Scandalous and malignant? Settling scores against the Leicestershire clergy after the first Civil War

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Abstract

During the English Civil Wars religious reformers forced thousands of clergy from their livings. Despite recent scholarship stressing the central role of religion in the conflict, analysis of clerical trials and ejections has not yet been fully integrated into the historiography of civil war. The most complete set of surviving records for exploring this process are those of the parliamentary committee for Leicester. This study analyses these records to determine the motivations for ejections in Leicestershire. By taking a holistic picture of the evidence surrounding some cases, it calls into question previous assumptions, often made on the basis of articles of accusations alone, about the morality or religious persuasion of those ejected. Instead, it demonstrates that political considerations drove sequestrations, that the conditions of war exacerbated pre-existing social, economic, and religious tensions within the county, as the desire for retribution for war-time losses found in the loyalist clergy a convenient target.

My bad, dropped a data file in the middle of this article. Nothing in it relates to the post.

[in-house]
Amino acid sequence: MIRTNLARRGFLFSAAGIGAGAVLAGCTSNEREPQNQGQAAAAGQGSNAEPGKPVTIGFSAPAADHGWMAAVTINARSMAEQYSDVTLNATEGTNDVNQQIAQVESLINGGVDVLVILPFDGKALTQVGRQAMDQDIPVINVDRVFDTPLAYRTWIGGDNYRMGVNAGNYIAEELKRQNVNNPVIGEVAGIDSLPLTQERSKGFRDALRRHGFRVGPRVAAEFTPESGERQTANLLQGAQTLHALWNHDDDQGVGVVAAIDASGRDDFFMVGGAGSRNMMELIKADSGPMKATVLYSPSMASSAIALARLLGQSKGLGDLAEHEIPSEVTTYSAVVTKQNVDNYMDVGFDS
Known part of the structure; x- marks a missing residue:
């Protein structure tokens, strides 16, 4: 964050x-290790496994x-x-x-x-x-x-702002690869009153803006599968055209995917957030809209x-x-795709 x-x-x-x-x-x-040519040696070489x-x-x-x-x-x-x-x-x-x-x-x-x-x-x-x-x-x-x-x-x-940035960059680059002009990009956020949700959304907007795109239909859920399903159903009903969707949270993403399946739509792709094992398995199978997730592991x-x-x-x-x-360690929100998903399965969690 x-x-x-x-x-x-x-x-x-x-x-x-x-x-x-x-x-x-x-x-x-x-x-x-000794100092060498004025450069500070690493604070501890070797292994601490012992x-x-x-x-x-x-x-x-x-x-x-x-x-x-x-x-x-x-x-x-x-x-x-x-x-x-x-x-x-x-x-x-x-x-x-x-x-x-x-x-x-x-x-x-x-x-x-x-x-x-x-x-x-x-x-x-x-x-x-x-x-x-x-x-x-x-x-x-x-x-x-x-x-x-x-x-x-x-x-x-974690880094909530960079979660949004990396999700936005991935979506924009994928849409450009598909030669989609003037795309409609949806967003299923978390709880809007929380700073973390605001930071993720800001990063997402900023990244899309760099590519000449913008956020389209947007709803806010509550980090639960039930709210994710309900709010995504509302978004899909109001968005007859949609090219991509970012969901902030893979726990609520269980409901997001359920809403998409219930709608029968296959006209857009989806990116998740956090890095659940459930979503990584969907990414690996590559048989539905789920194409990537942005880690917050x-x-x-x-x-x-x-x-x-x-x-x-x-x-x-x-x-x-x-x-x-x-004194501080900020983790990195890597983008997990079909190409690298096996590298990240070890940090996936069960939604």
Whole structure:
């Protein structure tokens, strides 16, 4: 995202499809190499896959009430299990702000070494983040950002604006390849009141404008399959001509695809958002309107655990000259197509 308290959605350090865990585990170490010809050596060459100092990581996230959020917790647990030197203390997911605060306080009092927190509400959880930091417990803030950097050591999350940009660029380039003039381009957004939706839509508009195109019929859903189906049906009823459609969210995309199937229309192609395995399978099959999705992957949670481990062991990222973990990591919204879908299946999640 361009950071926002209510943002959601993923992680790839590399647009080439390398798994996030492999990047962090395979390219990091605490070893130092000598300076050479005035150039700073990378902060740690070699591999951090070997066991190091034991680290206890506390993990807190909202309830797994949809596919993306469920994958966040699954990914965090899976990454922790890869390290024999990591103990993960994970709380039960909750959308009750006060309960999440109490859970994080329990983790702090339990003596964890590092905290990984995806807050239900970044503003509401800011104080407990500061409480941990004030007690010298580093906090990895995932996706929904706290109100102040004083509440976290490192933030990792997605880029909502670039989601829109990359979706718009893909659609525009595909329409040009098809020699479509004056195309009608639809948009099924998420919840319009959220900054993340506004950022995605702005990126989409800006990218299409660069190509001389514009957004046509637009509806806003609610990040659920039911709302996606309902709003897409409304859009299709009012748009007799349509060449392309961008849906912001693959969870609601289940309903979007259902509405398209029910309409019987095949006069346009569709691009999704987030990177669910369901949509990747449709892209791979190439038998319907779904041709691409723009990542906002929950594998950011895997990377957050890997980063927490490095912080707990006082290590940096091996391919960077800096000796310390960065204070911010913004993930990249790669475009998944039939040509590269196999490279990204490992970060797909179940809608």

Original languageEnglish
Pages (from-to)220-242
Number of pages23
JournalMidland History
Volume40
Issue number2
DOIs
Publication statusPublished - 9 Dec 2015

Keywords

  • scandalous ministers
  • Leicestershire
  • clergy
  • Church of England
  • English Civil War

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